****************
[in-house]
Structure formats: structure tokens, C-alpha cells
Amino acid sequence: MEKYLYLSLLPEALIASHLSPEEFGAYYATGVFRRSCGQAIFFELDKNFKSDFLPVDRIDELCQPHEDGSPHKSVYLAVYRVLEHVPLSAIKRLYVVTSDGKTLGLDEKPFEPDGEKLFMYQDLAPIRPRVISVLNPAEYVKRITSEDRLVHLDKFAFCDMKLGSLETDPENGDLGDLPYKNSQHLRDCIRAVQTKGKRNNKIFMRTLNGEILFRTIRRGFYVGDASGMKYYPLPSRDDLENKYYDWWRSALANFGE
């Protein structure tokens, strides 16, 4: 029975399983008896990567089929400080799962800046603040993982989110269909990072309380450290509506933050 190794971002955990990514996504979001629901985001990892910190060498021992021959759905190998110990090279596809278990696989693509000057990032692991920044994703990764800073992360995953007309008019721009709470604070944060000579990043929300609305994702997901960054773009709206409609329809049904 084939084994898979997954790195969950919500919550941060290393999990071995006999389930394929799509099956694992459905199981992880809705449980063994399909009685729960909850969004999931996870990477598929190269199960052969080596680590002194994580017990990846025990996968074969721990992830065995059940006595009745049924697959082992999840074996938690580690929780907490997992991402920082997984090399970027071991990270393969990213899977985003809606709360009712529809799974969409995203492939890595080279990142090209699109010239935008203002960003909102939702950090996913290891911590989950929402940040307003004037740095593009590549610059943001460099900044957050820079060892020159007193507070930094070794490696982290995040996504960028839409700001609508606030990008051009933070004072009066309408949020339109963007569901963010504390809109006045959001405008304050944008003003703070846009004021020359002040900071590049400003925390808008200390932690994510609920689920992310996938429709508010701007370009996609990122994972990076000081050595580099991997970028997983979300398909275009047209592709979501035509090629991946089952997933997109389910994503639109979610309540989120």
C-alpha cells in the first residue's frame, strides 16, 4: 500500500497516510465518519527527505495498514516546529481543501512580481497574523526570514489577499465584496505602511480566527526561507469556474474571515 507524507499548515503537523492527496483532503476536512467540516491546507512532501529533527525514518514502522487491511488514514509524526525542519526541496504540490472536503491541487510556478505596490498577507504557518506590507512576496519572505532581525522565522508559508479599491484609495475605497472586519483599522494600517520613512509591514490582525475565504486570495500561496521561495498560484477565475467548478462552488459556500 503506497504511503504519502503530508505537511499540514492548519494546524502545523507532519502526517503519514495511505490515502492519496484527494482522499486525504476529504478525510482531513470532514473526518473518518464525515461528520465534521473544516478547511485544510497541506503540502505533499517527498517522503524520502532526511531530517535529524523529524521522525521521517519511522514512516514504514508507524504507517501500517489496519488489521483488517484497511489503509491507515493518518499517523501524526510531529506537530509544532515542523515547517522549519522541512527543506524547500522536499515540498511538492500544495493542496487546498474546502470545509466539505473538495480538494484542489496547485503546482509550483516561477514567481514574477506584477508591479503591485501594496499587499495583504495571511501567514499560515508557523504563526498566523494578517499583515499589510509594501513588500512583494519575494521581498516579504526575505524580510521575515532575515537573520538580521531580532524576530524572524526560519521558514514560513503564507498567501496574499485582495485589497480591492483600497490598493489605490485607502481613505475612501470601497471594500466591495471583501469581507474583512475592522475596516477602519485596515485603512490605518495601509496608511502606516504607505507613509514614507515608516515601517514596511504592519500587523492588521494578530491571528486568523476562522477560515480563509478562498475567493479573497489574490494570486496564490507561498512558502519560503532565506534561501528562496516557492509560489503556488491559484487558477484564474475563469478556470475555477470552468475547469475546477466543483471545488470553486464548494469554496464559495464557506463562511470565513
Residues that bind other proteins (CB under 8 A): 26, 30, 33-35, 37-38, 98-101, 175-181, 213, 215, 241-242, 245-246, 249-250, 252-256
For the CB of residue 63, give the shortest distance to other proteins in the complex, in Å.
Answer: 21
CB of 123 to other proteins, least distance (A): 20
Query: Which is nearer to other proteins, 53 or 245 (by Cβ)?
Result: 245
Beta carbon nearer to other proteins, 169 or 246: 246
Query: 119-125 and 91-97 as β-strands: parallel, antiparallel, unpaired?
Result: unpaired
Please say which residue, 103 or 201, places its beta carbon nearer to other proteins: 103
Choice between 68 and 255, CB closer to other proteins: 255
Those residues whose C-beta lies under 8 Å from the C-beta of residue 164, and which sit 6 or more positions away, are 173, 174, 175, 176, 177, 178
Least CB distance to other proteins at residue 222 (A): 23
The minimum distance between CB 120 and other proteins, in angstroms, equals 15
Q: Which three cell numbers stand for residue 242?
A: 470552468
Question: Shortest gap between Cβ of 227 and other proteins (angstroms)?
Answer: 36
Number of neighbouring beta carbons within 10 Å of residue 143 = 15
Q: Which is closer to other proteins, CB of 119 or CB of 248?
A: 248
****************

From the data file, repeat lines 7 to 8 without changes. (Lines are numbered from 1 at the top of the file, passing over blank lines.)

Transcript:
For the CB of residue 63, give the shortest distance to other proteins in the complex, in Å.
Answer: 21